94 Example 3 Bubble Column Reactor

Bubble column reactors, in which sparged gas provides the necessary mixing, offer an attractive way to carry out gas-liquid processes. Because of their simple construction and operation, bubble columns are widely used in process industries. However, the simple construction also has the drawback of having fewer degrees of freedom available to a reactor engineer to tailor performance. The performance of bubble columns is controlled by several physical and chemical phenomena with different spatial and temporal scales. Gas-liquid fluid dynamics is determined by local gas volume fraction (hold-up) but extends over the whole reactor. Gas-liquid mass transfer and chemical reactions depend on local concentrations and on local gas-liquid interfacial areas. Interfacial area depend on local gas hold-up and bubble size distribution. Bubble size distribution depends on a variety of parameters, including type and location of sparger, local and global mean and turbulence fields properties of liquid phase and so on. Although much progress has been made in gaining a better understanding of each of the phenomena mentioned, a comprehensive computational model, which is able to simulate all of the above interactions simultaneously, is still too difficult to develop and use for industrial applications. As mentioned in the case of the polymerization reactor, uncertainties in estimating the parameters of sub-models describing various phenomena make the task of developing a comprehensive model less justifiable. On the other hand, conventional reaction engineering models, which include detailed descriptions of reaction and mass transfer from bubbles, normally consider ideally mixed systems or one-dimensional models (see for example, Fleischer et al, 1995). Both the assumptions often do not hold true for bubble column reactors. Under these circumstances, it may be more efficient and may be necessary to use a multilayer or multiscale modeling strategy. Recently Bauer and Eigenberger (1999) proposed such a multiscale modeling strategy based on the fact that the influence of mass transfer and reaction on fluid dynamics can be represented by three variables:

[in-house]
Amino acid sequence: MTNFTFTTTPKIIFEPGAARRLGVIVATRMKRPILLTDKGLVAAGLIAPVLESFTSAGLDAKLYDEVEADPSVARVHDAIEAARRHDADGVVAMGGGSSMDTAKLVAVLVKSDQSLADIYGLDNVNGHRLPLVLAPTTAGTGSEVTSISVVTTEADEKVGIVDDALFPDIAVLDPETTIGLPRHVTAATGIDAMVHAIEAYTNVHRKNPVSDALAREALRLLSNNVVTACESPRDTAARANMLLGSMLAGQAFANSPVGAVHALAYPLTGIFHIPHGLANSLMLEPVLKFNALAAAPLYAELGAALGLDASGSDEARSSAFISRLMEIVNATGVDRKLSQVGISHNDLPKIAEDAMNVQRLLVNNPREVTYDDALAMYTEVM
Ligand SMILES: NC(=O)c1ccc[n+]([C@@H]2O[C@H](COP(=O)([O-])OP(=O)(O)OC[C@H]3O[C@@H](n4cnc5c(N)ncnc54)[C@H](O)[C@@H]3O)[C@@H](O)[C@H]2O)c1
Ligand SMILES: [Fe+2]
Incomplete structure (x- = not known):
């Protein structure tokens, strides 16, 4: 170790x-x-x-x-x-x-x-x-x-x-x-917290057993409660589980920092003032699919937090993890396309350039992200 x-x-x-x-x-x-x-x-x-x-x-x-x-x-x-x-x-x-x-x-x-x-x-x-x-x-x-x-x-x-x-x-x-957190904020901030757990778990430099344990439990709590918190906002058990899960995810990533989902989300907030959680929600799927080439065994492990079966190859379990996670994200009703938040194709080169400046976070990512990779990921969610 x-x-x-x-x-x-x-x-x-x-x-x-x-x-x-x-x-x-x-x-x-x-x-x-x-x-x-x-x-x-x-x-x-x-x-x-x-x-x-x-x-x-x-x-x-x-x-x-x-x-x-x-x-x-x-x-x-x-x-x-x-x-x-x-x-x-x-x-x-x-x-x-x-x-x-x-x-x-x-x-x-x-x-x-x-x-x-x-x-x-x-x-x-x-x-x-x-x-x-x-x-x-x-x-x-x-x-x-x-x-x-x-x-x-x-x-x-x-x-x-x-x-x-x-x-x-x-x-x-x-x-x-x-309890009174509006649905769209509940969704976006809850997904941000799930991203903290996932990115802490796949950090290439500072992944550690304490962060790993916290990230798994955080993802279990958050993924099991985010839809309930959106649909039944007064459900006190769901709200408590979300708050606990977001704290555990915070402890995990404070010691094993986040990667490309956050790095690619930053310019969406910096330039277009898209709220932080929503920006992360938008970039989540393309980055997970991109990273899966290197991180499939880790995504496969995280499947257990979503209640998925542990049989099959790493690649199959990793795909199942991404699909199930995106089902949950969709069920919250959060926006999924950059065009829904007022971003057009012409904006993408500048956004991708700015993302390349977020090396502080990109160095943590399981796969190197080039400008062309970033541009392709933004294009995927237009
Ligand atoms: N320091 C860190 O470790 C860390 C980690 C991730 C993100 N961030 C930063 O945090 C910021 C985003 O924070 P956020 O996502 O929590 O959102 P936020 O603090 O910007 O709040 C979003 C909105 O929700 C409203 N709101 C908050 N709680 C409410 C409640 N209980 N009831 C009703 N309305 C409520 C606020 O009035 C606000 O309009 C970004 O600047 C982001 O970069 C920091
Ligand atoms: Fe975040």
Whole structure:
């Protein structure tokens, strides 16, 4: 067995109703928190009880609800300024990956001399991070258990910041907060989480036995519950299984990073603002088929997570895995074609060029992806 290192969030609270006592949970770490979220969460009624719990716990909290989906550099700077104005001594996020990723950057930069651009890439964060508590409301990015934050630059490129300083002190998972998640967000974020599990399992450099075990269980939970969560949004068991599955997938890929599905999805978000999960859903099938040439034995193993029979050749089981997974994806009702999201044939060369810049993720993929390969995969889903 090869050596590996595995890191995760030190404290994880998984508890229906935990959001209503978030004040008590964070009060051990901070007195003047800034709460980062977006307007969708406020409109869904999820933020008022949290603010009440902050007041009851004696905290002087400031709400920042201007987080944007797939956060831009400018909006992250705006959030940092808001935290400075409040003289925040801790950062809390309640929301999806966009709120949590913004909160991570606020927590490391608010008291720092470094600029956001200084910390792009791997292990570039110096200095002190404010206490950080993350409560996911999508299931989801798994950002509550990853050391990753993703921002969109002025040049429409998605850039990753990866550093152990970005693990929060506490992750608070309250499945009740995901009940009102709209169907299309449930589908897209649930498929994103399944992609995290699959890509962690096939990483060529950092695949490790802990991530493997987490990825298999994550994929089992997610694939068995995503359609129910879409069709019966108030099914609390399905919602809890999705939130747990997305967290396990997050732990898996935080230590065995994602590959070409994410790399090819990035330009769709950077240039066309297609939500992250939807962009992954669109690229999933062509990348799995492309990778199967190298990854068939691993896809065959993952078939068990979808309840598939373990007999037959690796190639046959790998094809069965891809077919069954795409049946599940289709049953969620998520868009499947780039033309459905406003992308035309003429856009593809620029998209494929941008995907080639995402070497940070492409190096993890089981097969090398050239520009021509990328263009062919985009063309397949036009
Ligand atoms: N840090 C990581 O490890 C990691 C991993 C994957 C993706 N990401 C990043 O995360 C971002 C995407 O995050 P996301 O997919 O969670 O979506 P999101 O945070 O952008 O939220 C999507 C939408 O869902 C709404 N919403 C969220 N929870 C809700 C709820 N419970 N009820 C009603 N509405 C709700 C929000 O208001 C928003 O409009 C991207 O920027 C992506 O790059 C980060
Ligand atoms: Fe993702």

• interphase drag coefficient or interphase momentum exchange terms;

• interfacial area; and

• local gas flux due to mass transfer and reaction from gas bubbles.

If the values of local mean bubble diameter and local gas flux are available, a fluid dynamic model can estimate the required influence of mass transfer and reactions on the fluid dynamics of bubble columns. Fortunately, for most reactions, conversion and selectivity do not depend on details of the inherently unsteady fluid dynamics of bubble column reactors. Despite the complex, unsteady fluid dynamics, conversion and selectivity attain sufficiently constant steady state values in most industrial operations of bubble column reactors. Accurate knowledge of fluid dynamics, which controls the local as well as global mixing, is however, essential to predict reactor performance with a sufficient degree of accuracy. Based on this, Bauer and Eigenberger (1999) proposed a multiscale approach, which is shown schematically in Fig. 9.13.

Detailed hydrodynamics

Detailed hydrodynamics

Simplified reactor model

Number density function for bubble size

Simplified reactor model or

Mass transfer and reaction models

Population balances for bubble size and bubble concentration

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